Will Square’s New Register Software Change How We Make Purchases?
I worked two brief stints behind a cash register. I crashed and burned at both. I found both registers (one was old school and one was new) to be extremely confusing and overwhelming. Every time a customer would ask me to do something slightly out of the ordinary I would have a massive panic attack. This being said, I am very intrigued by the unveiling of Square’s new iPad Register. Square, you might recall, is the payments start-up that collaborated with Starbucks to bring us “easy” iPhone payments. The idea was to download the “Square Wallet” app, in which you connected your various cards, then to choose Starbucks and simply place your iPhone under their scanner. This would essentially eliminate cards and cash from your Starbucks experience. The whole thing never really took off. Though I never tried the Square Wallet for Starbucks, I think it stumbled not because of the app but because Starbucks did not properly inform or teach their employees about it. Customers who wanted to use the app did not feel encouraged or welcomed by the employees.
Nonetheless Square’s Register Hardware/Software seems promising for a number of reasons. The first being ascetics. The register, which is essentially an iPad, would be atleast 1/3 the size of your average register. The cash drawer and the receipt printer are not attached and therefore can be placed below the counter and out of site.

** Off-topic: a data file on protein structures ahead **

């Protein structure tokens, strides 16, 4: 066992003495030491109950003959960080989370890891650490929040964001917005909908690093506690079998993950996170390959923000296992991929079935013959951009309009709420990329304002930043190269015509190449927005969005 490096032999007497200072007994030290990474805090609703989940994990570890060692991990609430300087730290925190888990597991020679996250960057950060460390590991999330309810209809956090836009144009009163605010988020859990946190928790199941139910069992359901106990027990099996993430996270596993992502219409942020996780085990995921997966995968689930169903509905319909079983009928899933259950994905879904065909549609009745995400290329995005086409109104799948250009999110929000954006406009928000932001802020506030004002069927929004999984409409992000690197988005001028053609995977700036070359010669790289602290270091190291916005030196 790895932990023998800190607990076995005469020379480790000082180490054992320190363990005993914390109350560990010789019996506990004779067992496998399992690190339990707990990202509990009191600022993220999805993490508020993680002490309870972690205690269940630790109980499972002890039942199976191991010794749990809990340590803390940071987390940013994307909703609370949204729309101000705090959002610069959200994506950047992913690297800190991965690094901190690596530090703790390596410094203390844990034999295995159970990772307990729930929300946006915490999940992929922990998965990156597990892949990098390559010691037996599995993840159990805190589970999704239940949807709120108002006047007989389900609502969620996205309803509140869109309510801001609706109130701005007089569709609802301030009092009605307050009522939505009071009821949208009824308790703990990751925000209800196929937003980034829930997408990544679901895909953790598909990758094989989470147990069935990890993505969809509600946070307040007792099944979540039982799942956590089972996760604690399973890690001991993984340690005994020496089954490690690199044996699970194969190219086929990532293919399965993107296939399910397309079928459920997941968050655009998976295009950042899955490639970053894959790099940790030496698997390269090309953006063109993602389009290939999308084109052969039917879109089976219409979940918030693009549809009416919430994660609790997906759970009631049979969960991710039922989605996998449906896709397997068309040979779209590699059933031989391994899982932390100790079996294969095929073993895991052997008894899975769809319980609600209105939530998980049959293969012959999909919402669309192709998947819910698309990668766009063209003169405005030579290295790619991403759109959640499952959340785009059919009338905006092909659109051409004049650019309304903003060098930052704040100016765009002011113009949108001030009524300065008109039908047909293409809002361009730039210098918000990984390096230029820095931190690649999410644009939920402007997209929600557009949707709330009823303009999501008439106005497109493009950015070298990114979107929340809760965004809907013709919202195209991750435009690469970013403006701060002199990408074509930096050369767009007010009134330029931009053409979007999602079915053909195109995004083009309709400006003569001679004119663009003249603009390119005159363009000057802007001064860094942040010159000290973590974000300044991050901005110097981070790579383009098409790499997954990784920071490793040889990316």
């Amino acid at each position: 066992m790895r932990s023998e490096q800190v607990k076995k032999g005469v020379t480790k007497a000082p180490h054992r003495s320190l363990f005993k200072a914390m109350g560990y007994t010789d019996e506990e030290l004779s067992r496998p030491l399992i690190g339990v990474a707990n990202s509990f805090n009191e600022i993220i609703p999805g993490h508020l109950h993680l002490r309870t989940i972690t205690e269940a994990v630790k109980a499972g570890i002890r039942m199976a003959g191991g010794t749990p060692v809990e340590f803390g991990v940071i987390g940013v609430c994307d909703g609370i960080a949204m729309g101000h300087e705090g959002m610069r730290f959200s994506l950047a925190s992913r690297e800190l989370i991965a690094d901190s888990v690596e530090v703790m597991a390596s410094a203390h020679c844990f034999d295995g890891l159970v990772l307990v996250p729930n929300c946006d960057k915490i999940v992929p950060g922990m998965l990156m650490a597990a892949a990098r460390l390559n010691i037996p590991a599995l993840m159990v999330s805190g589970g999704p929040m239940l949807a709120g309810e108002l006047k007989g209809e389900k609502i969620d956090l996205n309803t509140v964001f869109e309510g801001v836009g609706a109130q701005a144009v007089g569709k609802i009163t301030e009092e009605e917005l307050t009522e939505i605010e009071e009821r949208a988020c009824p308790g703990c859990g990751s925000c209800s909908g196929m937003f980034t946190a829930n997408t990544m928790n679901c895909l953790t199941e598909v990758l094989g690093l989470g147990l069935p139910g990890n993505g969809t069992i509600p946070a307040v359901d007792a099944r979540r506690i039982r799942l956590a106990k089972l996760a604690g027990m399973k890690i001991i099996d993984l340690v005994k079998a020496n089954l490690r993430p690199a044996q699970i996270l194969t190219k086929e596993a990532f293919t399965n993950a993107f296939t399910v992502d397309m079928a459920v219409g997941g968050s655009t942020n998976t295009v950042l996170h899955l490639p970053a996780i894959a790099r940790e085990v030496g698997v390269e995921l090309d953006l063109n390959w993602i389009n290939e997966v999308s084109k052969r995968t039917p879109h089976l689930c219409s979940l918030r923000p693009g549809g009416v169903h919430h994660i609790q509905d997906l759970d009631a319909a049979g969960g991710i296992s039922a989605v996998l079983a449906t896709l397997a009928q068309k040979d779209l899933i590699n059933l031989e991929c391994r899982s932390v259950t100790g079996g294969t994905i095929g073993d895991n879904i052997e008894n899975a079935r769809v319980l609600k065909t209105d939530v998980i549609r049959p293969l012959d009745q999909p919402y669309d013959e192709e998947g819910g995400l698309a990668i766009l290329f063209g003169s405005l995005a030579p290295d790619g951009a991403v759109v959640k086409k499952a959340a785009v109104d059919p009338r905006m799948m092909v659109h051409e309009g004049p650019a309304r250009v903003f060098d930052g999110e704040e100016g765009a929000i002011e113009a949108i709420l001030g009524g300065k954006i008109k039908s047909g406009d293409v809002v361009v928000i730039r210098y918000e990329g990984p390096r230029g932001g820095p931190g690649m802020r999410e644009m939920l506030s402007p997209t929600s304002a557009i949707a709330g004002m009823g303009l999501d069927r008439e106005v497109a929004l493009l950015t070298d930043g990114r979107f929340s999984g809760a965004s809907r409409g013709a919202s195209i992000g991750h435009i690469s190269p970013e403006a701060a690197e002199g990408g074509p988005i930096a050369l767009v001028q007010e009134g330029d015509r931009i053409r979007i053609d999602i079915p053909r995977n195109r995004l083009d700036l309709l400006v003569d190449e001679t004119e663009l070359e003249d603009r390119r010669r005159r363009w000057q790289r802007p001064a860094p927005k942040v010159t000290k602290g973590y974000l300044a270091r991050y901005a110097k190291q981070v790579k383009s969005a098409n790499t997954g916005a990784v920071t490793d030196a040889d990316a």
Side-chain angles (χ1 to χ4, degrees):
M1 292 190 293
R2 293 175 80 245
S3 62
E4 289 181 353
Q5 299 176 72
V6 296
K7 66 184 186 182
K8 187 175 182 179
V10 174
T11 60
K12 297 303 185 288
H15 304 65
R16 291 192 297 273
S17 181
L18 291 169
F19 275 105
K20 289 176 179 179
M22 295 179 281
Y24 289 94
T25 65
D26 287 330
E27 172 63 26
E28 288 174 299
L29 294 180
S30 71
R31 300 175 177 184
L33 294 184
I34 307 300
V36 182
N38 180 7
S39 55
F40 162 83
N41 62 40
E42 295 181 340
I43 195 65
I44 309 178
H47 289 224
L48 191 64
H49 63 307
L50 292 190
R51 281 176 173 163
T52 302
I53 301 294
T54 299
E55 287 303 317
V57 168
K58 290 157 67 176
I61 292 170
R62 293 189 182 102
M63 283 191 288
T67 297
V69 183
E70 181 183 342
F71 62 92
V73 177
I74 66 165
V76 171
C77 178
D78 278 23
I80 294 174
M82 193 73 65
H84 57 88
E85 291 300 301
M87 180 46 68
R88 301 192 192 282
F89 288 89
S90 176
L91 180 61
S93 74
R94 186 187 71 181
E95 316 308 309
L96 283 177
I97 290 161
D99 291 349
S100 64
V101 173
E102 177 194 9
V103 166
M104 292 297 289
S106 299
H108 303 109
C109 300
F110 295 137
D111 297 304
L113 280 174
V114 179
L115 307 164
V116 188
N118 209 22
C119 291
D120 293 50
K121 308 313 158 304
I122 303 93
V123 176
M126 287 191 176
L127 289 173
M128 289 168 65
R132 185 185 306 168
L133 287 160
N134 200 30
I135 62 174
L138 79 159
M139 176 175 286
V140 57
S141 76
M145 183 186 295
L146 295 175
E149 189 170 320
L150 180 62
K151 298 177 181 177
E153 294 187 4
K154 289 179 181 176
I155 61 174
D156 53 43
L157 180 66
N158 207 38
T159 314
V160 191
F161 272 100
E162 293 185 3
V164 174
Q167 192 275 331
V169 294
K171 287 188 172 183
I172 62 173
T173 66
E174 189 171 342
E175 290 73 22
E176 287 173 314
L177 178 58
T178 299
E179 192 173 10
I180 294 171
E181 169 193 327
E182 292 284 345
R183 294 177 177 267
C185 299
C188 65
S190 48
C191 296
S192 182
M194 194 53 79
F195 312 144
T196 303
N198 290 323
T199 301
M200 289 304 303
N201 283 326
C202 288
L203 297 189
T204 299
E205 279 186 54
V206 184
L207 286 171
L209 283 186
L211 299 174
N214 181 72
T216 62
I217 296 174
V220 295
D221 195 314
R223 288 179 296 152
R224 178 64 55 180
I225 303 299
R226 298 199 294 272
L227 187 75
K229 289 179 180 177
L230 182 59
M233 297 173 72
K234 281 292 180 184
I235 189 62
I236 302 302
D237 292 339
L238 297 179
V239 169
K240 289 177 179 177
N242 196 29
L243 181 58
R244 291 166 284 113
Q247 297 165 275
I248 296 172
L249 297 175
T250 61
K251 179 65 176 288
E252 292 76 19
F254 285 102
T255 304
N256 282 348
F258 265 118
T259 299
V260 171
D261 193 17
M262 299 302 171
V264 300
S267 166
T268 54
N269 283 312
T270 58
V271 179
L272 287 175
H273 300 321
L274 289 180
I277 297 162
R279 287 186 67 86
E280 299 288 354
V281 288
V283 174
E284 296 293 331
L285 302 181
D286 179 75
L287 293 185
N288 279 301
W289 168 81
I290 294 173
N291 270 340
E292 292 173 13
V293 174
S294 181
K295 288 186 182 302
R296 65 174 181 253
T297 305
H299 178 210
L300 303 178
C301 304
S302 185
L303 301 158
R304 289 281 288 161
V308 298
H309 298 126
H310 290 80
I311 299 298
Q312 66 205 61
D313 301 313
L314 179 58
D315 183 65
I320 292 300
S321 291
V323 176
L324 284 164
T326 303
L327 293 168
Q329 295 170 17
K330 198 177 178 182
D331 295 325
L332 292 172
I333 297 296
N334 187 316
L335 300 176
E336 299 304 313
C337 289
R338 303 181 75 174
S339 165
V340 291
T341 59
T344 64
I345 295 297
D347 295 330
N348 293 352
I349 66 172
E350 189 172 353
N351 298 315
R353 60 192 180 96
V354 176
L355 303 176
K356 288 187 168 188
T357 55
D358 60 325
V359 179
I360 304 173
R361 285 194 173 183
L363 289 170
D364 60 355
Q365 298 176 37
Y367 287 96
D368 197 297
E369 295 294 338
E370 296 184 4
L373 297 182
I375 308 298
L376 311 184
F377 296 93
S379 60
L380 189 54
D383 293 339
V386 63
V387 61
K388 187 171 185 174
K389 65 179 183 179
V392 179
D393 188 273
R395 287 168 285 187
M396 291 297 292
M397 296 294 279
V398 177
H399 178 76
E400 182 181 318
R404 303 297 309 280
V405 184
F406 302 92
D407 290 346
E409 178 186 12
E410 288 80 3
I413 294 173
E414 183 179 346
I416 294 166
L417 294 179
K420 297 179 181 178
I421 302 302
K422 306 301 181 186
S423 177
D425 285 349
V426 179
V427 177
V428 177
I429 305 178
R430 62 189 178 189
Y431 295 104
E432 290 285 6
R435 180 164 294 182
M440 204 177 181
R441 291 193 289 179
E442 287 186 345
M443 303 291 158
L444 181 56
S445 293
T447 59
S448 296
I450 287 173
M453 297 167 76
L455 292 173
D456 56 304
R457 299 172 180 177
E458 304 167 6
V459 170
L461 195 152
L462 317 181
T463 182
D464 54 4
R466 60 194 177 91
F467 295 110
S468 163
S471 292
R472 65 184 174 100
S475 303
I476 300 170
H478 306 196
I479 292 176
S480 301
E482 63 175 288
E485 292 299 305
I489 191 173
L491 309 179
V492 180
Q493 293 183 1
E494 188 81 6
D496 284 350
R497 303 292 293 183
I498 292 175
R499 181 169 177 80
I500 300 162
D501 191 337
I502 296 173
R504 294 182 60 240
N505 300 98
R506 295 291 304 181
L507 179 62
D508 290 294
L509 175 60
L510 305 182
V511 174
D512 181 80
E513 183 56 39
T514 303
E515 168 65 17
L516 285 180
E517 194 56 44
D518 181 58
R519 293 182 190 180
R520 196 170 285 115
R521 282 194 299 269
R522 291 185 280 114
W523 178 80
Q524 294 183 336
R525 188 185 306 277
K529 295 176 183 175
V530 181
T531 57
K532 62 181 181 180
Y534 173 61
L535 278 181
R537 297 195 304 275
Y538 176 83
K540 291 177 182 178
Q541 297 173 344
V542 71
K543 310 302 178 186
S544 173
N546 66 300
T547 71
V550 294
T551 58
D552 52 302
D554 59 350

Secondly, I imagine the system being very easy to use. Considering the register would have all the capabilities of an iPad and not just the ability to do basic arithmetic, you should be able to set up the interface however you please. Square claims that the software allows you to keep track of your inventory, and easily implement coupons and loyalty programs. In addition, the Square Stand allows the iPad to swivel, so that the customers can easily see their transaction and or sign for the receipt.
Lastly, though I have never purchased a cash register, I believe the Square Register is reasonably priced. The stand is $300, while the software you pay monthly or per transaction. For the software, you are given the option of $275 a month or $2.75 per transaction. These costs, they claim, are all the credit card fees your business will have to pay.
Of the new register, the CEO Jack Dorsey says,
“We wanted to build not just a great piece of software but also hardware to match…stand would be a refreshing alternative to the ugly, slow, expensive point-of-sales systems that merchants are used to.” (NYTimes)